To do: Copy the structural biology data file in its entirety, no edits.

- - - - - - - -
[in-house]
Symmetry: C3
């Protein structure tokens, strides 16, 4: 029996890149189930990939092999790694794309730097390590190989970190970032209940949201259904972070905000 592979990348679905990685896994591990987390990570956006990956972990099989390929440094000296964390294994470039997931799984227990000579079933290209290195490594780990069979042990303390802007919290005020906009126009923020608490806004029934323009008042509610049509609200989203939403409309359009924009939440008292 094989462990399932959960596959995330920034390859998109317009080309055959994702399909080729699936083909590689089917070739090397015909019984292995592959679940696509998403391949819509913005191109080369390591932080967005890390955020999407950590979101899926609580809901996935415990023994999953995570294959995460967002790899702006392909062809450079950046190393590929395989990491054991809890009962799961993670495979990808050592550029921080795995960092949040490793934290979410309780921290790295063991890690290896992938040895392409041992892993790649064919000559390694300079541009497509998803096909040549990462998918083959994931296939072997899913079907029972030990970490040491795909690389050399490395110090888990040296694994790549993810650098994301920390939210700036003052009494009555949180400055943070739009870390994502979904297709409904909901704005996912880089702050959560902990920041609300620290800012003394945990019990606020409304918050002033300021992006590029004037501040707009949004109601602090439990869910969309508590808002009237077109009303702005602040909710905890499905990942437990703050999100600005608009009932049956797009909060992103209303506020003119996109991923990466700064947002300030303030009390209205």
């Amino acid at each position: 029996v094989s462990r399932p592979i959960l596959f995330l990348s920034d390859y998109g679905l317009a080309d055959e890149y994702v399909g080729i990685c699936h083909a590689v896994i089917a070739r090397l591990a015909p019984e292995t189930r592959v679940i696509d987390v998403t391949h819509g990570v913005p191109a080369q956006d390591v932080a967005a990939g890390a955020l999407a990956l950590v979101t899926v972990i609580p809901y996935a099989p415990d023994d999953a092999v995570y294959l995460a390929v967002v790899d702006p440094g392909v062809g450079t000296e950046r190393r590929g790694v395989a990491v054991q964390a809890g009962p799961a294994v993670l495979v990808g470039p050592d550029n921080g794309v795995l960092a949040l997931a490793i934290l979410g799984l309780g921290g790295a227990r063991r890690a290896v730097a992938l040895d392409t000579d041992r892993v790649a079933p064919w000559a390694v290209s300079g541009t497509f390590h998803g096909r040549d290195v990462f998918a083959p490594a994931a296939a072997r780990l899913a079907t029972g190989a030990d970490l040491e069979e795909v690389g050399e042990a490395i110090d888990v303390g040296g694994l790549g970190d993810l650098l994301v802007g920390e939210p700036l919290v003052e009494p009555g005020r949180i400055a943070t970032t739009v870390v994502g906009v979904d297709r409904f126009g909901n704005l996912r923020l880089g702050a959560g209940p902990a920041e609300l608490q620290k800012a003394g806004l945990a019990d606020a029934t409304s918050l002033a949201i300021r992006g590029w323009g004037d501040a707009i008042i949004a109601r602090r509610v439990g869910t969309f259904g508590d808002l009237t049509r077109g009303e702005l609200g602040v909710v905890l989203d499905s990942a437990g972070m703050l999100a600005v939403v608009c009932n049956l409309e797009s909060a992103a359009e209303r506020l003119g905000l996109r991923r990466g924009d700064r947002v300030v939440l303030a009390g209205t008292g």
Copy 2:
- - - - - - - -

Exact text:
[in-house]
Symmetry: C3
């Protein structure tokens, strides 16, 4: 029996890149189930990939092999790694794309730097390590190989970190970032209940949201259904972070905000 592979990348679905990685896994591990987390990570956006990956972990099989390929440094000296964390294994470039997931799984227990000579079933290209290195490594780990069979042990303390802007919290005020906009126009923020608490806004029934323009008042509610049509609200989203939403409309359009924009939440008292 094989462990399932959960596959995330920034390859998109317009080309055959994702399909080729699936083909590689089917070739090397015909019984292995592959679940696509998403391949819509913005191109080369390591932080967005890390955020999407950590979101899926609580809901996935415990023994999953995570294959995460967002790899702006392909062809450079950046190393590929395989990491054991809890009962799961993670495979990808050592550029921080795995960092949040490793934290979410309780921290790295063991890690290896992938040895392409041992892993790649064919000559390694300079541009497509998803096909040549990462998918083959994931296939072997899913079907029972030990970490040491795909690389050399490395110090888990040296694994790549993810650098994301920390939210700036003052009494009555949180400055943070739009870390994502979904297709409904909901704005996912880089702050959560902990920041609300620290800012003394945990019990606020409304918050002033300021992006590029004037501040707009949004109601602090439990869910969309508590808002009237077109009303702005602040909710905890499905990942437990703050999100600005608009009932049956797009909060992103209303506020003119996109991923990466700064947002300030303030009390209205």
């Amino acid at each position: 029996v094989s462990r399932p592979i959960l596959f995330l990348s920034d390859y998109g679905l317009a080309d055959e890149y994702v399909g080729i990685c699936h083909a590689v896994i089917a070739r090397l591990a015909p019984e292995t189930r592959v679940i696509d987390v998403t391949h819509g990570v913005p191109a080369q956006d390591v932080a967005a990939g890390a955020l999407a990956l950590v979101t899926v972990i609580p809901y996935a099989p415990d023994d999953a092999v995570y294959l995460a390929v967002v790899d702006p440094g392909v062809g450079t000296e950046r190393r590929g790694v395989a990491v054991q964390a809890g009962p799961a294994v993670l495979v990808g470039p050592d550029n921080g794309v795995l960092a949040l997931a490793i934290l979410g799984l309780g921290g790295a227990r063991r890690a290896v730097a992938l040895d392409t000579d041992r892993v790649a079933p064919w000559a390694v290209s300079g541009t497509f390590h998803g096909r040549d290195v990462f998918a083959p490594a994931a296939a072997r780990l899913a079907t029972g190989a030990d970490l040491e069979e795909v690389g050399e042990a490395i110090d888990v303390g040296g694994l790549g970190d993810l650098l994301v802007g920390e939210p700036l919290v003052e009494p009555g005020r949180i400055a943070t970032t739009v870390v994502g906009v979904d297709r409904f126009g909901n704005l996912r923020l880089g702050a959560g209940p902990a920041e609300l608490q620290k800012a003394g806004l945990a019990d606020a029934t409304s918050l002033a949201i300021r992006g590029w323009g004037d501040a707009i008042i949004a109601r602090r509610v439990g869910t969309f259904g508590d808002l009237t049509r077109g009303e702005l609200g602040v909710v905890l989203d499905s990942a437990g972070m703050l999100a600005v939403v608009c009932n049956l409309e797009s909060a992103a359009e209303r506020l003119g905000l996109r991923r990466g924009d700064r947002v300030v939440l303030a009390g209205t008292g």
Copy 2: